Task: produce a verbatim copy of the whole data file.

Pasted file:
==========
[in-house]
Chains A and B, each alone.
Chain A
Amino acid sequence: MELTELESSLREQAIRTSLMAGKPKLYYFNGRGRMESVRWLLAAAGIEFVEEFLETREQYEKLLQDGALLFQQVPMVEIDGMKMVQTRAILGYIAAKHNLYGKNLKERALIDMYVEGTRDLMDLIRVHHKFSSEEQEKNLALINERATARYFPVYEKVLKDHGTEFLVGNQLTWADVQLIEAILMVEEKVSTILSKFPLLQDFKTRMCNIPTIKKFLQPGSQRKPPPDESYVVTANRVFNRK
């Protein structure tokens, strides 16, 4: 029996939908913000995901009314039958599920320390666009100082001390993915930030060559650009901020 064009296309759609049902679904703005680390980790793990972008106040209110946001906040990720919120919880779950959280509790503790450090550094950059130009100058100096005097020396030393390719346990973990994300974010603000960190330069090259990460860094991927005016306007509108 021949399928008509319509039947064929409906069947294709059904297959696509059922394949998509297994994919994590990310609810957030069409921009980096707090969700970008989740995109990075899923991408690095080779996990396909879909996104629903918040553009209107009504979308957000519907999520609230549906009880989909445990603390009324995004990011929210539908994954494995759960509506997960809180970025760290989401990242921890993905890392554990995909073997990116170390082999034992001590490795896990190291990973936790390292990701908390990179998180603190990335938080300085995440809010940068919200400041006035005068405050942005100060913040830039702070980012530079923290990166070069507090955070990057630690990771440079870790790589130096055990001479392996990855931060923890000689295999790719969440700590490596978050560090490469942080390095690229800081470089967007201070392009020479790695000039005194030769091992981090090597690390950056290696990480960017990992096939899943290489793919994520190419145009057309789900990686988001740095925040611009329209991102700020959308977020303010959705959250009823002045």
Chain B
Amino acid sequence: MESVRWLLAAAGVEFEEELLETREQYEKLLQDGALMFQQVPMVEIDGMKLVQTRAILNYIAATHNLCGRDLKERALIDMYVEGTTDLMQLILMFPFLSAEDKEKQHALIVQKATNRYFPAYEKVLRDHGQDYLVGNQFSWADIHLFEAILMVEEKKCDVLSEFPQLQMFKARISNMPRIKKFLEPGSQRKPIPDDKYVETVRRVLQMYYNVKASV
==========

[in-house]
Chains A and B, each alone.
Chain A
Amino acid sequence: MELTELESSLREQAIRTSLMAGKPKLYYFNGRGRMESVRWLLAAAGIEFVEEFLETREQYEKLLQDGALLFQQVPMVEIDGMKMVQTRAILGYIAAKHNLYGKNLKERALIDMYVEGTRDLMDLIRVHHKFSSEEQEKNLALINERATARYFPVYEKVLKDHGTEFLVGNQLTWADVQLIEAILMVEEKVSTILSKFPLLQDFKTRMCNIPTIKKFLQPGSQRKPPPDESYVVTANRVFNRK
């Protein structure tokens, strides 16, 4: 029996939908913000995901009314039958599920320390666009100082001390993915930030060559650009901020 064009296309759609049902679904703005680390980790793990972008106040209110946001906040990720919120919880779950959280509790503790450090550094950059130009100058100096005097020396030393390719346990973990994300974010603000960190330069090259990460860094991927005016306007509108 021949399928008509319509039947064929409906069947294709059904297959696509059922394949998509297994994919994590990310609810957030069409921009980096707090969700970008989740995109990075899923991408690095080779996990396909879909996104629903918040553009209107009504979308957000519907999520609230549906009880989909445990603390009324995004990011929210539908994954494995759960509506997960809180970025760290989401990242921890993905890392554990995909073997990116170390082999034992001590490795896990190291990973936790390292990701908390990179998180603190990335938080300085995440809010940068919200400041006035005068405050942005100060913040830039702070980012530079923290990166070069507090955070990057630690990771440079870790790589130096055990001479392996990855931060923890000689295999790719969440700590490596978050560090490469942080390095690229800081470089967007201070392009020479790695000039005194030769091992981090090597690390950056290696990480960017990992096939899943290489793919994520190419145009057309789900990686988001740095925040611009329209991102700020959308977020303010959705959250009823002045």
Chain B
Amino acid sequence: MESVRWLLAAAGVEFEEELLETREQYEKLLQDGALMFQQVPMVEIDGMKLVQTRAILNYIAATHNLCGRDLKERALIDMYVEGTTDLMQLILMFPFLSAEDKEKQHALIVQKATNRYFPAYEKVLRDHGQDYLVGNQFSWADIHLFEAILMVEEKKCDVLSEFPQLQMFKARISNMPRIKKFLEPGSQRKPIPDDKYVETVRRVLQMYYNVKASV